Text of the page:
Interindividual Comparisons (between the Fifth Dose of the Control Group and the Fifth Dose of the Inhibited Group)
When the muscle response after the fifth dose of suxamethonium in the inhibited group was compared with that in the control group, the onset time (Table 2; P = 0.009), the onset 50% (from 29 s [range, 19 - 30 s] to 46 s [range, 27 - 95 s]; P = 0.047) and the duration 90% (Table 2; P = 0.009) were prolonged at a similar degree of block. Similarly for mivacurium, the onset time (Table 3; P = 0.009), the onset 50% (from 30 s [range, 27 - 37 s] to 48 s [range, 44 - 70 s]; P = 0.014) and the duration 90% (Table 3; P = 0.009) were prolonged at a similar degree of block.
The increase in onset time after inhibition of plasma cholinesterase was larger for suxamethonium than for mivacurium. For suxamethonium, the absolute increase in onset time between the fourth and fifth dose was 0 s (range, -6 to +2 s) in the control group compared with 102 s (range, 90 - 121 s; P = 0.009) in the inhibited group. For mivacurium, these values were -1 s (range, -4 to +6 s) and 53 s (range, 37 - 66 s; P = 0.009), respectively. In addition, the relative increase in onset time was greater for suxamethonium than for mivacurium (3.7 and 2.1 times the preinhibition values, respectively). In both control groups, the muscle response after the sixth dose was similar to that after the fifth dose, excluding an influence of accumulation.
Discussion
Our study shows that inhibition of the enzymic degradation of suxamethonium and mivacurium increases the onset time of submaximal neuromuscular block and decreases the ED70. Although differences in plasma clearance have been suggested as a determining factor of onset time, [11-16] the influence of plasma clearance on the onset time has never been studied as such. Theoretically, a rapid decrease in the concentration of a muscle relaxant in plasma results in a rapid equilibration of the muscle relaxant between plasma and biophase, and thus in a short onset time. The concentration of a drug in plasma decreases as a result of clearance of the drug from plasma (Figure 1A). The concentration in the biophase increases as a result of transfer of the drug from plasma to the biophase. When the concentrations in plasma and biophase are similar (arrow A), the maximum concentration in the biophase is reached and the peak effect is obtained. Thus the onset time is determined by the moment of equilibration between plasma and biophase. If the same drug would be administered in the same dose but with a reduced clearance (e.g., by inhibition of plasma cholinesterase; curve B), the moment of equilibration would be later (arrow B) and at a higher maximum concentration in the biophase. Consequently, the onset time would be longer and the peak effect larger. However, the onset time can be determined reliably only when the peak effect is between 50% and 90%. Because the reduction in the dose of muscle relaxant after inhibition necessary to obtain a peak effect of 70% was in our study 83% and 65% for suxamethonium and mivacurium, respectively, the dose of muscle relaxant after inhibition must be reduced (Figure 1B, curve B). The size of this reduction corresponds with the fivefold increase in potency of suxamethonium in patients who are homozygous for atypical plasma cholinesterase. [17-19] The time to maximum concentration in the biophase is not affected by the dose given. The increase in onset time found in our study correlates with observations made by several investigators in animals and in humans. [20-23] Unfortunately, in these investigations either a 100% block was obtained or only the plasma clearance of the muscle relaxant after iso-OMPA was determined without measurement of neuromuscular block. The onset time of a submaximal block induced by suxamethonium was prolonged in three patients with atypical plasma cholinesterase. Cass et al. [17] found in such a patient onset times for suxamethonium (0.05 - 0.1 mg/kg) on four separate occasions ranging from 7 to 9 min (80 - 99% block). Hickey et al. [18] found in such a patient an onset time for suxamethonium (0.04 mg/kg) of 6 min (92% block). In the same patient they also found an onset time for atracurium (0.23 mg/kg) of 6 min (87% block). Smith et al. [19] found in such a patient an onset time for suxamethonium of 1.3 min (only 16% block). The onset time of suxamethonium in patients with atypical plasma cholinesterase [17,18] is similar to that of nondepolarizing muscle relaxants in the general population, suggesting that the short onset time of suxamethonium is not a result of its depolarizing mode of action but of its rapid degradation in plasma.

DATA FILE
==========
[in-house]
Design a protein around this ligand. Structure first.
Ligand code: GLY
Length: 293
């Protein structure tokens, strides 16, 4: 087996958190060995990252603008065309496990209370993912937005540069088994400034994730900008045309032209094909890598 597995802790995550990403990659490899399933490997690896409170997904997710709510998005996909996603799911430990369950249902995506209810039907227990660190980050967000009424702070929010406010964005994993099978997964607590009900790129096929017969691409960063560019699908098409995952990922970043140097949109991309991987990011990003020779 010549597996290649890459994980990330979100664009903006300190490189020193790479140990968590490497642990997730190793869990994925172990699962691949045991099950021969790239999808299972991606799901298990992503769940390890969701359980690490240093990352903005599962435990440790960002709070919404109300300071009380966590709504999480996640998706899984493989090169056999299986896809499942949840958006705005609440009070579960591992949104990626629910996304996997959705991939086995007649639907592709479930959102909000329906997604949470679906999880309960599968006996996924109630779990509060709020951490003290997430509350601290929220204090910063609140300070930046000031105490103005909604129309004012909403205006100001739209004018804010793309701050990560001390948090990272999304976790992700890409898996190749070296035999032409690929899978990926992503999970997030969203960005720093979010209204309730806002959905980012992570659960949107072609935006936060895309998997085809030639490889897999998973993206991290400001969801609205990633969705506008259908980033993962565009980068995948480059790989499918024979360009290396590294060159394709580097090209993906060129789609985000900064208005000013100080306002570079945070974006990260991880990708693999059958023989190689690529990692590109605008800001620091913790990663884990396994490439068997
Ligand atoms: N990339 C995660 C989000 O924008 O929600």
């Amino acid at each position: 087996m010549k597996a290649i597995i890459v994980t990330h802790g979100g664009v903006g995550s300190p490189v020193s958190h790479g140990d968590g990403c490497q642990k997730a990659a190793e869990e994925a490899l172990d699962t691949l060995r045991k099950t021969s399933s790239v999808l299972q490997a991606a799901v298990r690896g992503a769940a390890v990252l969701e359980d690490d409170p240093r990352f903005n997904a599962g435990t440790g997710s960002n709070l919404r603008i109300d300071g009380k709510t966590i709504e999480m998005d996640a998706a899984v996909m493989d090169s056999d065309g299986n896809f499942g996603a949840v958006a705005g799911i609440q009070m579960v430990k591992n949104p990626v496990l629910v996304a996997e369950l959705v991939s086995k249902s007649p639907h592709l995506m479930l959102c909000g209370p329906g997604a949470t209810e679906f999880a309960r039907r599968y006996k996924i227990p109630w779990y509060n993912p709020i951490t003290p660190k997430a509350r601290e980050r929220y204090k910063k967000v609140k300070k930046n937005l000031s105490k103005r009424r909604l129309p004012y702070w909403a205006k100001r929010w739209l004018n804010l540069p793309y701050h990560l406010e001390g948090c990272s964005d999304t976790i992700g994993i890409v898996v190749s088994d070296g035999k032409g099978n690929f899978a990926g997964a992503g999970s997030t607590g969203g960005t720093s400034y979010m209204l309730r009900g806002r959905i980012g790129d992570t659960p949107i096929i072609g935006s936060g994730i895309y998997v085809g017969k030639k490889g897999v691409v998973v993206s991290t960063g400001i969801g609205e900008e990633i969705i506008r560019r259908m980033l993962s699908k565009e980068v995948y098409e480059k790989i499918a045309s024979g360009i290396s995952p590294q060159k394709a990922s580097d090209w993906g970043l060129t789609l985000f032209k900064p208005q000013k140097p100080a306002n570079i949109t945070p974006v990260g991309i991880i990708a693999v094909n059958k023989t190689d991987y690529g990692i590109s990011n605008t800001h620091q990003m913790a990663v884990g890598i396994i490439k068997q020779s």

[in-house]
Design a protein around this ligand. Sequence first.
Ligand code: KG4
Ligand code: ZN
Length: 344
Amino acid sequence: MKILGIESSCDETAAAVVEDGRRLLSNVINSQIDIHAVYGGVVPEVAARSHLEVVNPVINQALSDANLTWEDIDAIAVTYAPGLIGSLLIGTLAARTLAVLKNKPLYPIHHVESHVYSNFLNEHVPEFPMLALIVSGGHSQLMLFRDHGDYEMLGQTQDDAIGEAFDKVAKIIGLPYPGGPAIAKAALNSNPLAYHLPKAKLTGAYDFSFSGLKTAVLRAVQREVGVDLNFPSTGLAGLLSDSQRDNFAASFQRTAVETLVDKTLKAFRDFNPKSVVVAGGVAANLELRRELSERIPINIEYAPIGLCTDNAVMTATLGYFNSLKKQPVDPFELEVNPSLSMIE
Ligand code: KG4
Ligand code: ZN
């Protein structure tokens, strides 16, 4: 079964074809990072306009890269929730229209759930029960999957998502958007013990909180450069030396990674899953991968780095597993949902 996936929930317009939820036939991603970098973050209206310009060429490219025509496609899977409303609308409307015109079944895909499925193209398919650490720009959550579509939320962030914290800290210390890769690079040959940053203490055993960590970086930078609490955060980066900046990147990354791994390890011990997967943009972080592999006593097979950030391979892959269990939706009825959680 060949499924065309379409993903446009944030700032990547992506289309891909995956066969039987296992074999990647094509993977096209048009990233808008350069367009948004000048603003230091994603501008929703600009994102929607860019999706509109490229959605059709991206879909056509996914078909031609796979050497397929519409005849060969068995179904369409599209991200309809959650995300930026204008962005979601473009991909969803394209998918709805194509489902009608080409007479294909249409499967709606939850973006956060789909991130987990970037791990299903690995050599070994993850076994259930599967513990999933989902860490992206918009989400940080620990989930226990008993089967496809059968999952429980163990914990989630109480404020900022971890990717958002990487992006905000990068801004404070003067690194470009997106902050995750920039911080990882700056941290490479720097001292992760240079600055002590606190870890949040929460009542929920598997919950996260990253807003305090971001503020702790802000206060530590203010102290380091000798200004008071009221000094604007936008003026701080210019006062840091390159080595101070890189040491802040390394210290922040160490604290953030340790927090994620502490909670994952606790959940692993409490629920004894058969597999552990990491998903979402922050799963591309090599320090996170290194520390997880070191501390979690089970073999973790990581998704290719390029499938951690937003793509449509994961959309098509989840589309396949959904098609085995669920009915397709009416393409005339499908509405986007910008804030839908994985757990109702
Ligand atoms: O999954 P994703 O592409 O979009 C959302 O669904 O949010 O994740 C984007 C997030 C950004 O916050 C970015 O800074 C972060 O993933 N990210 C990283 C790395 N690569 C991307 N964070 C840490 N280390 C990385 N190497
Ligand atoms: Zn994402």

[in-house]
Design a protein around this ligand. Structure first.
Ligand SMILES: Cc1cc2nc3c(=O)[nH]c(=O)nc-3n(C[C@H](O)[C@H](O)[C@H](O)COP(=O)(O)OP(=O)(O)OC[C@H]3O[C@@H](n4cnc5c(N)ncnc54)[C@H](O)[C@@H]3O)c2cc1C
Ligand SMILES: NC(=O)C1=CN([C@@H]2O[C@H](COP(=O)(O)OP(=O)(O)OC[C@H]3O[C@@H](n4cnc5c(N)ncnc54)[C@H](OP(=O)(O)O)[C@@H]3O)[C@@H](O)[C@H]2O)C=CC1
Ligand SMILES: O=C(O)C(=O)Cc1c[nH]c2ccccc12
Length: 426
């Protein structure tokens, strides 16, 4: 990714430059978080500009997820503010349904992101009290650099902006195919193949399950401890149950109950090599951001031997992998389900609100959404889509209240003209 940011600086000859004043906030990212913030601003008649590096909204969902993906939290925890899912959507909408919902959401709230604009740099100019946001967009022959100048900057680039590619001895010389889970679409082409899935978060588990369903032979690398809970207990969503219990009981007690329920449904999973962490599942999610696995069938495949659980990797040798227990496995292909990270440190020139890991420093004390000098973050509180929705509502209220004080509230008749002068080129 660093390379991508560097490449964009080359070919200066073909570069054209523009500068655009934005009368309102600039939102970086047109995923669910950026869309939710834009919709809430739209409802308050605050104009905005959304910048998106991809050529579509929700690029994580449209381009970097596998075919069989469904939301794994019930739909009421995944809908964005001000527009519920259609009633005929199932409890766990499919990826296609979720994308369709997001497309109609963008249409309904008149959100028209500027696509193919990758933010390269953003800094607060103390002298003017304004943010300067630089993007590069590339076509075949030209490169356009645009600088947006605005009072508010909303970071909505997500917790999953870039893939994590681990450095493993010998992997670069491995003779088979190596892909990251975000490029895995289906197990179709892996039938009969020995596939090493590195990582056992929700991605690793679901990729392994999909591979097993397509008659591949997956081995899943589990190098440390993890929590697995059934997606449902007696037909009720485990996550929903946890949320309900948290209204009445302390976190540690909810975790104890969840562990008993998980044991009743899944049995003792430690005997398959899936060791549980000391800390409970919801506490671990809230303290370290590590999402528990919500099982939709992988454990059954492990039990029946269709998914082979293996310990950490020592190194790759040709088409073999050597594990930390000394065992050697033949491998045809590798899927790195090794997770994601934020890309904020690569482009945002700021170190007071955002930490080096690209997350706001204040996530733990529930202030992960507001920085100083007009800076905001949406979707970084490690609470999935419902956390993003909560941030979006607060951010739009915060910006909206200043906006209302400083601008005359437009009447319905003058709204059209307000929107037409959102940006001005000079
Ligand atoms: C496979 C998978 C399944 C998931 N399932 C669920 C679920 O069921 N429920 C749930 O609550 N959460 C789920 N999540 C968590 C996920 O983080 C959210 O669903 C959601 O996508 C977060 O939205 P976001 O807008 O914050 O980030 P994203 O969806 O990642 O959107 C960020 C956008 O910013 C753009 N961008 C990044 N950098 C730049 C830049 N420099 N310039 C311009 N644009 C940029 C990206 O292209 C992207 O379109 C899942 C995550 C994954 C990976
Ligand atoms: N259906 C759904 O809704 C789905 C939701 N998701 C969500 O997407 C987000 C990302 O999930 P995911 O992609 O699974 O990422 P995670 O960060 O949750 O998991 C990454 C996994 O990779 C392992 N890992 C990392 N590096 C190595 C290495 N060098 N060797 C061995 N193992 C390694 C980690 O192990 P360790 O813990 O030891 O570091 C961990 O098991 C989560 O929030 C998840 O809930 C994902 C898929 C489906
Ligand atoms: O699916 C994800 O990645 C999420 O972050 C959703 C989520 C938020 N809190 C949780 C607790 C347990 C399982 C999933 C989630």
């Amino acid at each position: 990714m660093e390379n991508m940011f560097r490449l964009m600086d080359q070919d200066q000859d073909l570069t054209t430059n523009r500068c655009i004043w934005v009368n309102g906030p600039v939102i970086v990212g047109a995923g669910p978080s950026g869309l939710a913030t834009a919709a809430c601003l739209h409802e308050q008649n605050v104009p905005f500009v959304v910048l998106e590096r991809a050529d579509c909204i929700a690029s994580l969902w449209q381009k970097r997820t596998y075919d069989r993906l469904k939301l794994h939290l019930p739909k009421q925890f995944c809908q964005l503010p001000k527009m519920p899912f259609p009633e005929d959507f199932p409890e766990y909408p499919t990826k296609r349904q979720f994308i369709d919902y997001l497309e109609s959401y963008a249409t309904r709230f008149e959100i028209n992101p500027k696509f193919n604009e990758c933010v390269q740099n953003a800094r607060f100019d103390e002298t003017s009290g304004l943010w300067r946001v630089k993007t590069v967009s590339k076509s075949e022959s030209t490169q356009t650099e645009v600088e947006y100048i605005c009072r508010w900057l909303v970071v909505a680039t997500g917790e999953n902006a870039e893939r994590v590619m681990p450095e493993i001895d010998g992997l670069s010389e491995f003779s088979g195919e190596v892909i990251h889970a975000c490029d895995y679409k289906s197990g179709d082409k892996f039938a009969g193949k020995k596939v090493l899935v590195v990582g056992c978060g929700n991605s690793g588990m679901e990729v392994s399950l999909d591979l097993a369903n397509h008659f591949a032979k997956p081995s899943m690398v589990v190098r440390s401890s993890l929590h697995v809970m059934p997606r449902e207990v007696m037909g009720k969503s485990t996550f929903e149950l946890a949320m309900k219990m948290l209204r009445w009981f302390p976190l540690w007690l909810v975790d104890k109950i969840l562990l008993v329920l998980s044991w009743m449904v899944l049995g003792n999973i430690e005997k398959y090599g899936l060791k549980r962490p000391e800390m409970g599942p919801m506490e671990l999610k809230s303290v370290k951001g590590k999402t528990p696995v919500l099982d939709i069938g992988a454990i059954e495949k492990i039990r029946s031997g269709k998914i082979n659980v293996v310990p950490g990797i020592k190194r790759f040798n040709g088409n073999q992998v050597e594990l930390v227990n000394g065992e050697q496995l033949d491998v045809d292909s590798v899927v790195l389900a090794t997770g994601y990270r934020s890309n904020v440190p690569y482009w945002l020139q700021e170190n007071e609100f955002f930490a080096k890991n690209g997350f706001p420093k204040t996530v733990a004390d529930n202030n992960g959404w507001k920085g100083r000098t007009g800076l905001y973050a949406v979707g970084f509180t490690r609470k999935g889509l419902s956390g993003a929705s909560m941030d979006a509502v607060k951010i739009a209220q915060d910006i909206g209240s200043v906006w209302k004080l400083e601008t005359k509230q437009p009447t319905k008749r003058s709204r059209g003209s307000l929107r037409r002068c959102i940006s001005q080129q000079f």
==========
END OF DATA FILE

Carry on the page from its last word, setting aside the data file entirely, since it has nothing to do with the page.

Proost et al. [16] used pharmacokinetic-dynamic modeling to show that the inverse relation between the onset time and ED50, as observed for a series of muscle relaxants in cats [24,25] and in humans, [26] respectively, may be the result of differences in receptor affinity and in plasma clearance. Iontophoretic studies have suggested that receptor affinity influences the onset time of muscle relaxants. [2,3] In vivo, however, this relation has not been shown convincingly. In this study, we found that decreased clearance is associated with an increase in onset time and a decrease in ED70.